Eric Kolchinsky, a former debt analyst for Moody’s Investors Service, says the firm gave “a high rating to a complicated debt security in January 2009 knowing that it was planning to downgrade assets that backed the securities.”

The WSJ reported that the securities were put on review for a downgrade shortly thereafter.

Excerpt:

“Moody’s issued an opinion which was known to be wrong,” Mr. Kolchinsky wrote in a July letter to the rating firm’s chief compliance officer, a copy of which was reviewed by The Wall Street Journal. In the letter, Mr. Kolchinsky cited other instances in which he believes inflated ratings were given to securities . . .

Before he resigned, Mr. Kolchinsky was a managing director in a nonratings unit and wasn’t involved in ratings of the securities in question. He was previously a Moody’s ratings analyst for six years and had experience with complex securities . . .

Between 2000 and 2007, Mr. Kolchinsky worked in the ratings group, rising to oversee credit ratings of mortgage-linked securities known as collateralized debt obligations, some of the hardest-hit investments during the credit crisis. Mr. Kolchinsky said he feels “some moral responsibility for the poor CDO ratings” issued under his watch.”

Kolchinsky is scheduled to testify tomorrow on ratings-firm reform before the House Committee on Oversight and Government Reform. Should be some giggles watching Moody’s, S&P and Fitch’s lawyers during his testimony.

My solution is to remove the special NRSRO status for the 3 firms, open ratings up to competition, and eliminate the newer “payola” model — having underwriters pay for ratings instead of debt buyers.

>

Source:
Congress Takes On Credit Ratings
SERENA NG and AARON LUCCHETTI
WSJ, SEPTEMBER 23, 2009

http://online.wsj.com/article/SB125366267173132295.html

Category: Bailouts, Credit, Regulation

Please use the comments to demonstrate your own ignorance, unfamiliarity with empirical data and lack of respect for scientific knowledge. Be sure to create straw men and argue against things I have neither said nor implied. If you could repeat previously discredited memes or steer the conversation into irrelevant, off topic discussions, it would be appreciated. Lastly, kindly forgo all civility in your discourse . . . you are, after all, anonymous.

12 Responses to “Ex-Moody’s Analyst: Inflated Ratings Continue”

  1. Bruce in Tn says:

    “having underwriters pay for ratings instead of debt buyers.”

    …this alone would solve the problem.

  2. manhattanguy says:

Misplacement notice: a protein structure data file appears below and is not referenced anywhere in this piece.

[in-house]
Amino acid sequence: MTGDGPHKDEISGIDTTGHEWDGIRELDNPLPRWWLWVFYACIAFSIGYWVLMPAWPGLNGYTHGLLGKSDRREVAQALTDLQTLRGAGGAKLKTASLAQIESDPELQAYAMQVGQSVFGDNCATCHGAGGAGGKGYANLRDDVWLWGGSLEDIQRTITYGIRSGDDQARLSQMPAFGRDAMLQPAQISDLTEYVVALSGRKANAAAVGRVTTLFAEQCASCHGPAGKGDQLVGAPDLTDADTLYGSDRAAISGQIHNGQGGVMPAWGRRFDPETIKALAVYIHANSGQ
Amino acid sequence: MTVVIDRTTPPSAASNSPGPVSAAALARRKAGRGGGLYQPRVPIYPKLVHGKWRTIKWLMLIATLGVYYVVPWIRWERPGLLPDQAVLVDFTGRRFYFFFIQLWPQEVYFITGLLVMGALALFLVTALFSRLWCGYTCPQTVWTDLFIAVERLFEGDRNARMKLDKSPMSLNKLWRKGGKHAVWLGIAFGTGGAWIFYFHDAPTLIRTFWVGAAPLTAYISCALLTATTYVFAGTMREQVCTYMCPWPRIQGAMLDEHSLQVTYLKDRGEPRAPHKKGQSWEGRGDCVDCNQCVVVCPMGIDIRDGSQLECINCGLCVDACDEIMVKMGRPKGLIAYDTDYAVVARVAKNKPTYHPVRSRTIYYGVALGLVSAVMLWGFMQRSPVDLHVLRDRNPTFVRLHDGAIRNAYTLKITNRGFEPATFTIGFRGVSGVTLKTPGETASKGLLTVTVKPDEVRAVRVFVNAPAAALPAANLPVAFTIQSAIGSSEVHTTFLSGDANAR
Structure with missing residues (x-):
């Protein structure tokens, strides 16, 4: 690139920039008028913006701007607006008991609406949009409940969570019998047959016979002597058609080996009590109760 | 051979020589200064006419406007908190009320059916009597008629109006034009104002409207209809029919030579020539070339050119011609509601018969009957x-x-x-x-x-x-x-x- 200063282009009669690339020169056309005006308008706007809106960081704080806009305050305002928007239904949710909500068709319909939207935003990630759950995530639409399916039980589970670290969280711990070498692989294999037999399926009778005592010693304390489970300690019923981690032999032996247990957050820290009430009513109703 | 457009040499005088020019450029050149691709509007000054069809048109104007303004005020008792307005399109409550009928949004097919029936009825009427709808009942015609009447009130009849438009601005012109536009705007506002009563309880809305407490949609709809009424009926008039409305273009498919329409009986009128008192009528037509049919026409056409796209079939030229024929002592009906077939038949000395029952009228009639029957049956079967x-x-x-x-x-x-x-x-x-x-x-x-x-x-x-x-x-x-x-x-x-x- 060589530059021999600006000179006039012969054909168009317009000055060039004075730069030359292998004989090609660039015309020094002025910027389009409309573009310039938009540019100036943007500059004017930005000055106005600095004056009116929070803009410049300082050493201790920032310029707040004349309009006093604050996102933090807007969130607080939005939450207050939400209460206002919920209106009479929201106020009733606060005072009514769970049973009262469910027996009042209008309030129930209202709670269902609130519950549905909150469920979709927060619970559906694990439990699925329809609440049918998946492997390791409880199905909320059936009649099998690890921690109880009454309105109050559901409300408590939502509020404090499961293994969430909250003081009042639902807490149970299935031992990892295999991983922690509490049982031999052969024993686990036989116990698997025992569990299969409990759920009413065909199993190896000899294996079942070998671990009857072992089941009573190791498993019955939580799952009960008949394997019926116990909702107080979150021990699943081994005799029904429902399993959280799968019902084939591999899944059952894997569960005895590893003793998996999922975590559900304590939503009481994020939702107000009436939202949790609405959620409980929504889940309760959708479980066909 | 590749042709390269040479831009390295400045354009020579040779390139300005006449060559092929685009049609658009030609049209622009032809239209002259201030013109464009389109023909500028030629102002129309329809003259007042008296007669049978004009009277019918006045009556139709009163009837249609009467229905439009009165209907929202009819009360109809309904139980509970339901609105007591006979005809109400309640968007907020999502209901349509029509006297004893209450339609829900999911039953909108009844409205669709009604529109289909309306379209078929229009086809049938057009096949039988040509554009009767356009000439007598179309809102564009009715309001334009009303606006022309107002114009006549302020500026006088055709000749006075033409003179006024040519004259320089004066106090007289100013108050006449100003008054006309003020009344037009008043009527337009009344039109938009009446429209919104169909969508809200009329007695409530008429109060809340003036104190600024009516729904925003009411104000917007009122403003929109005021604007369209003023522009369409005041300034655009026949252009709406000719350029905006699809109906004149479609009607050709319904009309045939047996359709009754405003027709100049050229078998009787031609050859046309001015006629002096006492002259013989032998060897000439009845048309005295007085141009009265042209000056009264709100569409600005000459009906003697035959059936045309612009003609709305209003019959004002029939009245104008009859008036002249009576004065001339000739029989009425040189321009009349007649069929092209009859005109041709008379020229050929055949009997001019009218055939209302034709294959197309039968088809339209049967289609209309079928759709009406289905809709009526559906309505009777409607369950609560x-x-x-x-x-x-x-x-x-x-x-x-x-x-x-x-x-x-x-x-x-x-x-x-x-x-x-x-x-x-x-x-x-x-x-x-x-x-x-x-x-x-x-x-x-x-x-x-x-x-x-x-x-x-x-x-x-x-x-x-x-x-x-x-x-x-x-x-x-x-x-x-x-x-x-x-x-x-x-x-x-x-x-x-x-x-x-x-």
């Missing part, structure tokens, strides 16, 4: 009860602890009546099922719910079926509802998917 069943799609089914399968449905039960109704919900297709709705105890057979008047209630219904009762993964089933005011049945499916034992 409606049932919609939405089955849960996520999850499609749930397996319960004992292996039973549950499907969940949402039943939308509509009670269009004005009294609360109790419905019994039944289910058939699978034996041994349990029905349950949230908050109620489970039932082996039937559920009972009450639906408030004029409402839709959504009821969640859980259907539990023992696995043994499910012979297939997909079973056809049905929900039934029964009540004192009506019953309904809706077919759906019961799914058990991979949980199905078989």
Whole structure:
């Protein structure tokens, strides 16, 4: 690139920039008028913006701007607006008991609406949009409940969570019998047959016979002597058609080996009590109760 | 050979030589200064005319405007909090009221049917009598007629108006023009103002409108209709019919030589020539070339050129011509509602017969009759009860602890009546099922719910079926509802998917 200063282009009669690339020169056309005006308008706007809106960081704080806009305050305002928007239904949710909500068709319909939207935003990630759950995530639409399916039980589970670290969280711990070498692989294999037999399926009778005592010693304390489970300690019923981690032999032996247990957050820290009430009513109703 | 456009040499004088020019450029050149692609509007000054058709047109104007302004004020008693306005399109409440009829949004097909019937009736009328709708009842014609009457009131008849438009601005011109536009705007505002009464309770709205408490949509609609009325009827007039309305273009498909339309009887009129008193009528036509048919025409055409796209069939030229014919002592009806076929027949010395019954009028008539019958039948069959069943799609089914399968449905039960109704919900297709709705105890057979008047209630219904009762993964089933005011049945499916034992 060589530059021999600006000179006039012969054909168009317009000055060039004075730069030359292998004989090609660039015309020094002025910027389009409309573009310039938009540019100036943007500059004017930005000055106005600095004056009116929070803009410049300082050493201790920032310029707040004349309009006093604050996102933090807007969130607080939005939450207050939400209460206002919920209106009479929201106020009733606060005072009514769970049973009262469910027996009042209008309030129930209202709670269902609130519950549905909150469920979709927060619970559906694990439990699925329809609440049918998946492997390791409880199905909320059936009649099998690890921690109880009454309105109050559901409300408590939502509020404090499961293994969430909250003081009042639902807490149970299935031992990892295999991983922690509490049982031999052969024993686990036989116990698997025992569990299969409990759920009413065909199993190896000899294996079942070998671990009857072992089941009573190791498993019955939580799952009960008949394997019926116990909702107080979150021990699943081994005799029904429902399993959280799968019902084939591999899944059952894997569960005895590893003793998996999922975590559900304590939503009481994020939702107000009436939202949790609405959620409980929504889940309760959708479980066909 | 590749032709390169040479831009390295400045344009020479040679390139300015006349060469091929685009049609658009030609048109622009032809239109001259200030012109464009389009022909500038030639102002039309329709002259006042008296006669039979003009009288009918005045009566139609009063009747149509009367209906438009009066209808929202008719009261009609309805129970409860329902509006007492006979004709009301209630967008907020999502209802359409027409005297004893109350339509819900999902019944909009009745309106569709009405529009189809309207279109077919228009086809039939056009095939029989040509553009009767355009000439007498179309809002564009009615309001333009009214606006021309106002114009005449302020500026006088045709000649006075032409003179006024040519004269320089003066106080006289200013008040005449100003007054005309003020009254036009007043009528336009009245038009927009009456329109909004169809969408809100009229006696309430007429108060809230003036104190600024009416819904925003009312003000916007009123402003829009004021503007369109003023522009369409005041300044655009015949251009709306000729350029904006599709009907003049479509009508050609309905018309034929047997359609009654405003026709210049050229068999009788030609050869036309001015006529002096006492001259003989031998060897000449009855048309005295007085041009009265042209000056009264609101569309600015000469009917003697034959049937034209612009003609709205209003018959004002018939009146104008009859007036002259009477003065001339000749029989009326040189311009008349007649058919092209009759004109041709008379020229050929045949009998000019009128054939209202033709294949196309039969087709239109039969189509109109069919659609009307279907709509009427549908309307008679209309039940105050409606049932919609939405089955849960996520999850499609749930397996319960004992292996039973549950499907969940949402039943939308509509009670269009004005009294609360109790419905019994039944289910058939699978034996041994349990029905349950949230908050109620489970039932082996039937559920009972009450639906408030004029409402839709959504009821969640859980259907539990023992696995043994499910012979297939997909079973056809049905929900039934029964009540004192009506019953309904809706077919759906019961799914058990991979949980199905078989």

You guys are juts discovering this? Both Moodys and S&P rating agencies are a big colossal f-up.

  3. TDL says:

    The question stands, “Will debt buyers be willing to pay?” Most of the savvier (read better run) shops that focus on debt do their own work and rely little the agencies anyway. Might this also shed some light on a much under-reported story throughout this entire fiasco, the incompetence of many institutional money managers (i.e. m.f.s & pension, both public & private, funds.)

    Regards,
    TDL

  4. Mannwich says:

    Meet the new “Extend & Pretend” economy. As long as everyone believes, then we’re OK, right?

  5. wally says:

    My proposal is: do your own due diligence. If you don’t understand something, don’t buy it. Never let somebody with no skin in the game tell you how ‘risky’ something is, because there is no single-number way to rate risk.

  6. call me ahab says:

    Wally says-

    “Never let somebody with no skin in the game tell you how ‘risky’ something is”

    or better yet- don’t let someone w/ skin in the game tell you what the risk is- their gain may be your pain

  7. leftback says:

    See no evil, hear no evil, speak no evil. S&P, Moody’s and Fitch are a bunch of monkeys.

  8. [...] Apparently the ratings agencies have not yet learned the lessons from the credit crisis.  (Big Picture) [...]

  9. contrabandista13 says:

    Barry:

    “…. My solution is to remove the special NRSRO status for the 3 firms, open ratings up to competition, and eliminate the newer “payola” model — having underwriters pay for ratings instead of debt buyers….”

    I couldn’t agree with you more…… Bear in mind, that in taking a backwards look, all the facilities that the Fed provided to the banking industry, were using the ratings of these same firms to set a criteria for the value of the securities that were provided as collateral.

    Now I want someone, other than Larry Kudlow, to explain to me how the Fed is going to implement an exit strategy…. :-)

    Best regards,

    Econolicious

  10. this Q: “Will debt buyers be willing to pay?” is moot.

    They Pay now. If the Issuer is paying, it’s from part of proceeds of the Raise–explicitly, or implicity.

    There is no excuse for the current model.

    BR, w/this: “remove the special NRSRO status for the 3 firms, open ratings up to competition, and eliminate the newer “payola” model”, proffers a simple solution, and, better, one that’d work.

  11. Moss says:

    Mr. Kolchinsky said he feels “some moral responsibility for the poor CDO ratings” issued under his watch.”

    What a novel thought.
    How ’bout offering these people who know what is really going on an incentive to be moral in lieu of the salary and bonus they get for being immoral.

  12. philipat says:

    It’s so blindingly obvious that this a cartel which operates (Or, perhaps, operated and will again operate if there is no new regulation after a period of lying low) a business model with inherent conflicts of interest. BR solution is, again, so blindingly obvious that one has to wonder how much money the lobbyists are sprinkling around DC on this one?

    The US political system seems to be terminally broken. How much longer will this “Parliament of whore” (Thanks PJ) be allowed to operate? This is not democracy but a corrupt and corrupted version of fascism.